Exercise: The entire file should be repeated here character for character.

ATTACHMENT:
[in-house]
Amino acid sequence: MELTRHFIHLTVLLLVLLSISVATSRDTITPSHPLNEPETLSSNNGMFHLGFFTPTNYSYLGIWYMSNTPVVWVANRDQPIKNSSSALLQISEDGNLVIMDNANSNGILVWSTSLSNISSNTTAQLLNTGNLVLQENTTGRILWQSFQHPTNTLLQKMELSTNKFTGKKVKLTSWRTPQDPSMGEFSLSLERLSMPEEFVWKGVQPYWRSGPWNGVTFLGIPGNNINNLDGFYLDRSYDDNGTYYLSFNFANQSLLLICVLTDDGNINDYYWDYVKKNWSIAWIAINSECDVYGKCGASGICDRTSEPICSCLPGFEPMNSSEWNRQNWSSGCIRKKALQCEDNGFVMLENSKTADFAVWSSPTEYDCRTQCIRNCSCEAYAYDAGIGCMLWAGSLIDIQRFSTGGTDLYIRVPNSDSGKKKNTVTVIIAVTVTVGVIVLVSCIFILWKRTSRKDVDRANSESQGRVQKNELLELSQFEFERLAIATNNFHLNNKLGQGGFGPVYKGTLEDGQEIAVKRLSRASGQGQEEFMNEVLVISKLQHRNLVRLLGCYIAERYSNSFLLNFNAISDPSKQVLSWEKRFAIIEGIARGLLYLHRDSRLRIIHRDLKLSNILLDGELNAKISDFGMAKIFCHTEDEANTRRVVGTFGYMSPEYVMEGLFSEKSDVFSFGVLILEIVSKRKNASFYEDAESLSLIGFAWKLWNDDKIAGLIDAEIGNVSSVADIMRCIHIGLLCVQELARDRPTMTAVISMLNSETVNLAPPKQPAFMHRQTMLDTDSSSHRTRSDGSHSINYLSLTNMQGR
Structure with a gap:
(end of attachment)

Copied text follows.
[in-house]
Amino acid sequence: MELTRHFIHLTVLLLVLLSISVATSRDTITPSHPLNEPETLSSNNGMFHLGFFTPTNYSYLGIWYMSNTPVVWVANRDQPIKNSSSALLQISEDGNLVIMDNANSNGILVWSTSLSNISSNTTAQLLNTGNLVLQENTTGRILWQSFQHPTNTLLQKMELSTNKFTGKKVKLTSWRTPQDPSMGEFSLSLERLSMPEEFVWKGVQPYWRSGPWNGVTFLGIPGNNINNLDGFYLDRSYDDNGTYYLSFNFANQSLLLICVLTDDGNINDYYWDYVKKNWSIAWIAINSECDVYGKCGASGICDRTSEPICSCLPGFEPMNSSEWNRQNWSSGCIRKKALQCEDNGFVMLENSKTADFAVWSSPTEYDCRTQCIRNCSCEAYAYDAGIGCMLWAGSLIDIQRFSTGGTDLYIRVPNSDSGKKKNTVTVIIAVTVTVGVIVLVSCIFILWKRTSRKDVDRANSESQGRVQKNELLELSQFEFERLAIATNNFHLNNKLGQGGFGPVYKGTLEDGQEIAVKRLSRASGQGQEEFMNEVLVISKLQHRNLVRLLGCYIAERYSNSFLLNFNAISDPSKQVLSWEKRFAIIEGIARGLLYLHRDSRLRIIHRDLKLSNILLDGELNAKISDFGMAKIFCHTEDEANTRRVVGTFGYMSPEYVMEGLFSEKSDVFSFGVLILEIVSKRKNASFYEDAESLSLIGFAWKLWNDDKIAGLIDAEIGNVSSVADIMRCIHIGLLCVQELARDRPTMTAVISMLNSETVNLAPPKQPAFMHRQTMLDTDSSSHRTRSDGSHSINYLSLTNMQGR
Structure with a gap: